At the centre of things this week are rate announcements from major central banks, including updates from the US Federal Reserve (the Fed), the Bank of England (BoE), the Bank of Japan (BoJ), the Swiss National Bank (SNB) and the Reserve Bank of Australia (RBA). We also welcome inflation numbers from Canada and the UK, together with manufacturing and services PMIs for the euro area, the UK and the US.

FOMC: Dots in focus

Unquestionably, the Federal Open Market Committee (FOMC) policy-setting meeting will dominate the headlines this week, making the airwaves at 6:00 pm GMT on Wednesday.

As for a rate cut at this meeting, it is pretty much a sealed deal that the Fed will not budge. The OIS curve is pricing in a meagre 1.0% chance of a 25bp cut, largely powered by a dovish Powell and hot economic data. The hawkish repricing has also seen July now fully priced for the first 25bp cut (-26bps), though a June cut is still on the menu (-15bps of easing priced in). US growth and labour data remain strong, and inflation numbers are also heating up—both CPI and PPI inflation were higher than economists’ expectations at the headline level (YoY) for February (headline CPI inflation has been stabilising around the 3.0% mark since October 2023 [sticky inflation]), with MoM headline measures (Jan-Feb) showing a beat in PPI data and CPI coming in as expected.

With a rate adjustment highly unlikely, the limelight will be on the accompanying Rate Statement and, of course, the FOMC rate projections, particularly the dot plot (released every quarter). The last FOMC projections observed a dovish shift; Fed officials projected three 25bp rate cuts this year and four cuts in 2025. Given the latest data, evidence to support a change in the upcoming projections, nevertheless, is thin, but if a change is witnessed (or a meaningful language modification in the Rate Statement is seen), this will have a marked impact across major asset classes.

Ultimately, it is likely the Fed will maintain a similar message: three rate cuts for the year and requires more evidence inflation is sustainably moving towards the 2.0% target before pulling the trigger. Should this come to fruition, the US dollar could see some downside following the release. Also of relevance, ahead of the event, the US Dollar Index is seen nearing the underside of daily resistance at 103.62, a level complemented by the 200- and 50-day simple moving averages (SMA) at103.69 and 103.55, respectively.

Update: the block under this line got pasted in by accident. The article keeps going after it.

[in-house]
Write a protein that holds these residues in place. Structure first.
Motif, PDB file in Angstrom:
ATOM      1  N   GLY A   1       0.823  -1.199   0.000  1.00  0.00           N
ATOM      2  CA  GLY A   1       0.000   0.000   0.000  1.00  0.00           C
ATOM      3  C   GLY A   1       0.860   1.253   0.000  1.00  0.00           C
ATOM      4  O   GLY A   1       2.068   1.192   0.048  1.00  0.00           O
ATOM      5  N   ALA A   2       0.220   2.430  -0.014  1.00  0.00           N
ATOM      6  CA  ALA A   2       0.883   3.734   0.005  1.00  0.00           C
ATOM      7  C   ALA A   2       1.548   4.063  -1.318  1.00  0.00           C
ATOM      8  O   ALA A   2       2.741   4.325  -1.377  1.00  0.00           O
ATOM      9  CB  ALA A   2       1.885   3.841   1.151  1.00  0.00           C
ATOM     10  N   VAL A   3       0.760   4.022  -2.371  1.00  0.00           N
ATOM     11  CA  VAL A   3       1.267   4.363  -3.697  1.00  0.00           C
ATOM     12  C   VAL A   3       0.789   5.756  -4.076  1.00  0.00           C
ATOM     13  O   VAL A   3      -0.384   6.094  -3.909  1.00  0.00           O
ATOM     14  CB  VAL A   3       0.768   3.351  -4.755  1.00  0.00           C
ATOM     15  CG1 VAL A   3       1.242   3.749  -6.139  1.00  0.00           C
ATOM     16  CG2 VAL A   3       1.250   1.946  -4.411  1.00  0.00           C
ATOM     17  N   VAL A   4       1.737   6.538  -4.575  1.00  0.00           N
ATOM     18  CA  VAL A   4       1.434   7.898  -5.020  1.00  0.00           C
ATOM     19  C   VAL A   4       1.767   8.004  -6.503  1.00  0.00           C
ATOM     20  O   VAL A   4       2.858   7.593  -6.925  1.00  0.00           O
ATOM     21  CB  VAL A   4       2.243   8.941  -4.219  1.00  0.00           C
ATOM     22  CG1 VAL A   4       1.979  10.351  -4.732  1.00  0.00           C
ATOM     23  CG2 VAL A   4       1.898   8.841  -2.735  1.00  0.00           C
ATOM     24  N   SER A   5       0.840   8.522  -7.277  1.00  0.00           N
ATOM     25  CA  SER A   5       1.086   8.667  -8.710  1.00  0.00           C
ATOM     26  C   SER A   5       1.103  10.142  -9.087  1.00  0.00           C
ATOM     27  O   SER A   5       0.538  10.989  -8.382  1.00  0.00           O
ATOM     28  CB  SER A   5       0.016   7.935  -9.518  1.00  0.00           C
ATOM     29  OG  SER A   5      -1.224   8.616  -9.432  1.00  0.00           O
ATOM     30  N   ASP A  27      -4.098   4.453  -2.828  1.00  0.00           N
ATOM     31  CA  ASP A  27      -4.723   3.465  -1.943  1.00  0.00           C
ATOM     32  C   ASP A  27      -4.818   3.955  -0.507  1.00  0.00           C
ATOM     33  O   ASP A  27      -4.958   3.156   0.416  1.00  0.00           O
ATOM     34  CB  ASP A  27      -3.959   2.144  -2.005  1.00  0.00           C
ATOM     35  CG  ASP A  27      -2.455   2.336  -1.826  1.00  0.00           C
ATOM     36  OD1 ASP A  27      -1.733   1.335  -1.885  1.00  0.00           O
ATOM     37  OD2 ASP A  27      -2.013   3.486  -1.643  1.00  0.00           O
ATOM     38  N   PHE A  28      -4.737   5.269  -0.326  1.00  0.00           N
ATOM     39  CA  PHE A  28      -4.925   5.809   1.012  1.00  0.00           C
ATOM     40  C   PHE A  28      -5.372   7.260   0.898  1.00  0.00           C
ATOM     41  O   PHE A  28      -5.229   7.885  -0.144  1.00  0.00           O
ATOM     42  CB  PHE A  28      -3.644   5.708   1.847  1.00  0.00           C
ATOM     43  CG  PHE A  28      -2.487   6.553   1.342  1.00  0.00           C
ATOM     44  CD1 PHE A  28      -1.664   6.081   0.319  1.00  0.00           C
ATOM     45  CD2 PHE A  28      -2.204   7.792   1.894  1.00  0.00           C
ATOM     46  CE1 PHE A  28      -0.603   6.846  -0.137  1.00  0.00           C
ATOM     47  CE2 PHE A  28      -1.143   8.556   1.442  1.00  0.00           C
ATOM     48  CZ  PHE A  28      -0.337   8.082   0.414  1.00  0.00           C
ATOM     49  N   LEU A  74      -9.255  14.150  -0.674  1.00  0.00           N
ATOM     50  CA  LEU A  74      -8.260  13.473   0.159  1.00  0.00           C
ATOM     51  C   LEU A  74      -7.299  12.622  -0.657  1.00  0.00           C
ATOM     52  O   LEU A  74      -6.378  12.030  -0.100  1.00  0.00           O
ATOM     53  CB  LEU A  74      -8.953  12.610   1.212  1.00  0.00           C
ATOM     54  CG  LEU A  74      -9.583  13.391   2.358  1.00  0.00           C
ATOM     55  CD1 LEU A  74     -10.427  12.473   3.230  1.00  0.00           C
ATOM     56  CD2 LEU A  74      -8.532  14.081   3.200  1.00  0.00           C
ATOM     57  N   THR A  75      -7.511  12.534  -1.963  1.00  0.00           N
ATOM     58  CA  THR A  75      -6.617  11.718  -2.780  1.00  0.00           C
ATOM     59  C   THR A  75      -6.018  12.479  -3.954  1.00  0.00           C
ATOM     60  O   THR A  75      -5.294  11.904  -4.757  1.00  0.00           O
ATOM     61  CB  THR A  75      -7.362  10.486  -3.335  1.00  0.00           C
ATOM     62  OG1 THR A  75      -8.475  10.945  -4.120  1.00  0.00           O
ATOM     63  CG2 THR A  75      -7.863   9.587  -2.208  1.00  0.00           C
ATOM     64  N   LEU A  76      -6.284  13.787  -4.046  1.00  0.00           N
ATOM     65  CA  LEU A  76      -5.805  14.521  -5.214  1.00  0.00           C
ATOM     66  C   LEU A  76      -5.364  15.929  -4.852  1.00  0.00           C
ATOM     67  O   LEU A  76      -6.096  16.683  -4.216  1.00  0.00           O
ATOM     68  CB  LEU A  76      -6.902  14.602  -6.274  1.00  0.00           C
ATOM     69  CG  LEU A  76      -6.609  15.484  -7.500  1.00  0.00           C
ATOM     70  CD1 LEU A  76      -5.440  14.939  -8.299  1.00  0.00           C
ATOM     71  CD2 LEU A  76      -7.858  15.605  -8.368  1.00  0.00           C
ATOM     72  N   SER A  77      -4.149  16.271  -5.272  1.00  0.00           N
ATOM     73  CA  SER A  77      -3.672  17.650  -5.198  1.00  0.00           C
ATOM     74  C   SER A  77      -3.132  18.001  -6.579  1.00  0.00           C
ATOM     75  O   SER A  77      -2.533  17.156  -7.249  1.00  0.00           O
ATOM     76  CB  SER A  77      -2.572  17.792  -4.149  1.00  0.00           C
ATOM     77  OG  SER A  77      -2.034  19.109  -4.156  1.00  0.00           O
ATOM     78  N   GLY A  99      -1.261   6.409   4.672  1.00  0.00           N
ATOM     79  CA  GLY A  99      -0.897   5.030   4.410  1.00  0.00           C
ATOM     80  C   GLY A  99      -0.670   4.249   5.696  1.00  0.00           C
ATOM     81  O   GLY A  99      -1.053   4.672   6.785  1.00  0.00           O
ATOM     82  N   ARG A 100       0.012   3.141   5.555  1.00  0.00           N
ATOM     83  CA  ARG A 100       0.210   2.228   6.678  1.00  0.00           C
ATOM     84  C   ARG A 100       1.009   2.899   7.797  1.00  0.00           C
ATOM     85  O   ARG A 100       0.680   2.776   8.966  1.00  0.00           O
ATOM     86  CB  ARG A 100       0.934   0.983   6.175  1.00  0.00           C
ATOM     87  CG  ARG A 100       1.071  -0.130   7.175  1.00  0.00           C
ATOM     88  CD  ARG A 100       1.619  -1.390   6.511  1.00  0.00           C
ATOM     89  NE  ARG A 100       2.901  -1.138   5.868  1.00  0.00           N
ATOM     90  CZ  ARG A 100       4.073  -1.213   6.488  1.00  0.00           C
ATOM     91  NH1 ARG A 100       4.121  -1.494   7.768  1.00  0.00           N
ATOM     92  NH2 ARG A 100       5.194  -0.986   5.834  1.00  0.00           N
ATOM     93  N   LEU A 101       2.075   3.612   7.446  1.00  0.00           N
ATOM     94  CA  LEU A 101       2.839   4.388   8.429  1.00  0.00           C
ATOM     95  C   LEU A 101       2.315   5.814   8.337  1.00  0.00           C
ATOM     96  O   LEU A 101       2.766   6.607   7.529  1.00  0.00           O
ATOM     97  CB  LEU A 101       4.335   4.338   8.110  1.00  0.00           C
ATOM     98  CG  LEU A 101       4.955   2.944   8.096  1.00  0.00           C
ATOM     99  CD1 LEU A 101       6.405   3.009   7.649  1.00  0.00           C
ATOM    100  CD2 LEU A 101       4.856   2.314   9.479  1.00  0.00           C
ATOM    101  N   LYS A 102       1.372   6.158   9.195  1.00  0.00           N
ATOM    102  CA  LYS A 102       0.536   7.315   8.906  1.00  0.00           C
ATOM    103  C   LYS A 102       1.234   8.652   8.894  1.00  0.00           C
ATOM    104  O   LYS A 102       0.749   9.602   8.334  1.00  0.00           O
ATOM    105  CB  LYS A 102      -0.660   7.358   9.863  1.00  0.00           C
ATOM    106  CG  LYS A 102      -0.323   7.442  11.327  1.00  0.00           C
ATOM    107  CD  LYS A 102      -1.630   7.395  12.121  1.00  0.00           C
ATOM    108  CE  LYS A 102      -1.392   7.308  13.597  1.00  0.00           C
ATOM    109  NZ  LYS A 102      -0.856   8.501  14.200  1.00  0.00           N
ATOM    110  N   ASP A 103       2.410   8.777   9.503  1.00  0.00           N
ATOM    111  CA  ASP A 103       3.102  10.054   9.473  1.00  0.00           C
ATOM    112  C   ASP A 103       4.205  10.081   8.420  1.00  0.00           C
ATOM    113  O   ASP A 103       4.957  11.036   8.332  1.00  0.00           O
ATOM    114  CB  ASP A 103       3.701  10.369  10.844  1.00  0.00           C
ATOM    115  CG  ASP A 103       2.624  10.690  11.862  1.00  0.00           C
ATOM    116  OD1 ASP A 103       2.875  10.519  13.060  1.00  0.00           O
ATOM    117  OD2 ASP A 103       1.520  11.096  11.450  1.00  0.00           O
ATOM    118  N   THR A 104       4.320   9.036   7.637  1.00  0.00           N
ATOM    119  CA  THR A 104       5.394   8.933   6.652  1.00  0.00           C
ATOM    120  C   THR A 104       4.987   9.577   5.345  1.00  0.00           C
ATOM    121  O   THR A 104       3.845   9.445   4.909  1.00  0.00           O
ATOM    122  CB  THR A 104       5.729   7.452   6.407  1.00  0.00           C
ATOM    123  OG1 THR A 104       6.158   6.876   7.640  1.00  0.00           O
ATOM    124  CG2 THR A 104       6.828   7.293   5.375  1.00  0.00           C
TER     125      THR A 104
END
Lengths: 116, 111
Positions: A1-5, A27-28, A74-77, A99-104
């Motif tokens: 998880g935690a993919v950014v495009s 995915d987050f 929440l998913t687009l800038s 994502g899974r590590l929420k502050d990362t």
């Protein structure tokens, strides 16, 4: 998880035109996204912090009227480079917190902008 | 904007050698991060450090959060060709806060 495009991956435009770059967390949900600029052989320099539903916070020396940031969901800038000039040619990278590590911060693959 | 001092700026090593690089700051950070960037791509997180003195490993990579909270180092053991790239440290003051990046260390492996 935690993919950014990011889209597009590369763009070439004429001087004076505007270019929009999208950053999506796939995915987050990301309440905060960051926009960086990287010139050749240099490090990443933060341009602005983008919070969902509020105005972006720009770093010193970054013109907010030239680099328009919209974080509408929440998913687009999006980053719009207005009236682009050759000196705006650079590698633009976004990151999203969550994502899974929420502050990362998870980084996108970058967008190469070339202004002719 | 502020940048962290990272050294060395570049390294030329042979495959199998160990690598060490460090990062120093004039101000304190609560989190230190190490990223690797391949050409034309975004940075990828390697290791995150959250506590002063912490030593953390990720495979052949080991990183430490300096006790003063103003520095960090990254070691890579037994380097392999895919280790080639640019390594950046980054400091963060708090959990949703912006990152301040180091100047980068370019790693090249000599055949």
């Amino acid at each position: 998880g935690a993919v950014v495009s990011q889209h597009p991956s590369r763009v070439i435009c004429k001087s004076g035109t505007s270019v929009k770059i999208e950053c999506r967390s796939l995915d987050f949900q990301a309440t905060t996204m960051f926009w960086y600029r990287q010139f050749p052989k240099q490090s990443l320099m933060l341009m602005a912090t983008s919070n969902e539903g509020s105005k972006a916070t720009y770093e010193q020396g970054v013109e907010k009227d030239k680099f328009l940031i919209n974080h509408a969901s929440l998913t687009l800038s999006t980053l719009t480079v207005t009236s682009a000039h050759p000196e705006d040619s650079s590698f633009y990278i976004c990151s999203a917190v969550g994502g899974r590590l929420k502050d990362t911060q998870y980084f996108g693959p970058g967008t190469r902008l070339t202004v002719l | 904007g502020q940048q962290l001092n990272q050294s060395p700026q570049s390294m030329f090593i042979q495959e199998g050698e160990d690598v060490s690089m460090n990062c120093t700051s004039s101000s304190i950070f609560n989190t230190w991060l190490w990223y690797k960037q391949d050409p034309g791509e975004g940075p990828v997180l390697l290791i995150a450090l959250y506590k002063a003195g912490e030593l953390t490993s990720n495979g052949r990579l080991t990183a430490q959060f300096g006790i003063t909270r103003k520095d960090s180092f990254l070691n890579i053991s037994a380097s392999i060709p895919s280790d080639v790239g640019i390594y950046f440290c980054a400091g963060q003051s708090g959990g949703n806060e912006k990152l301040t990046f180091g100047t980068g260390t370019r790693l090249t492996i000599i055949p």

BoE poised to stand pat

Similar to the Fed (and most other central banks this week, in fact), there is little to no chance that the MPC will cut rates this week; the event is scheduled to air on Thursday at 12:00 pm GMT. The Bank Rate is poised to remain at 5.25% for a fifth consecutive meeting, with some desks also projecting another three-way MPC vote. The OIS curve is still fully pricing in the first 25bp rate cut for August’s meeting and September’s meeting is also now a possibility, considering the recent hawkish repricing.

Heading into the event, the latest GDP growth data revealed that the UK economy rebounded by 0.2% in January (in line with market forecasts). This followed a month-over-month fall of 0.1% in December 2023 and two consecutive quarters of contraction in the second half of last year. The data sheds light on the possibility that the UK economy may have nudged out of recessionary territory, which will be welcomed by those at 10 Downing Street. January inflation remained unchanged at 4.0% (YoY) at the headline level and 5.1% (YoY) for the core reading but did marginally undershoot economists’ estimates on both prints. However, we will be getting February inflation numbers a day before the BoE rate announcement on Wednesday at 7:00 am GMT (median estimates show inflation is expected to slow to 3.6% [headline] and 4.6% [core]). In terms of the labour market, unemployment recently ticked higher, though wage growth slowed (albeit remained elevated).

Overall, the pound (GBP) will be watched closely around these events, and any notable miss in the inflation numbers this week will likely favour shorts (and be bought on any meaningful upside surprise). A significant out-of-consensus report will also possibly alter policy forecasts.

BoJ rate announcement: Rate hike?

Following stronger-than-anticipated wage increases and Rengo delivering a 5.0% wage increase in the first phase of wage negotiations, this has underpinned speculation that the BoJ will hike its Policy Rate this week.

The BoJ is poised to make an appearance on Tuesday at approximately 3:00 am GMT. According to market pricing, investors are divided heading into the event and it is essentially a 50/50 bet on whether the central bank exits its negative interest rate policy (NIRP). Should a 10bp rate hike come about, a move from -0.1% to 0.0%, the Policy Rate increase would mark Japan’s first hike since 2007.

A rate hike this week would likely fuel an upside move in JGB yields and the Japanese yen (JPY). Should a rate hike not come to fruition, traders will be closely watching for any hawkish language to suggest a pivot in April, a move that would also perhaps increase demand for the JPY.

G10 FX (five-day change):

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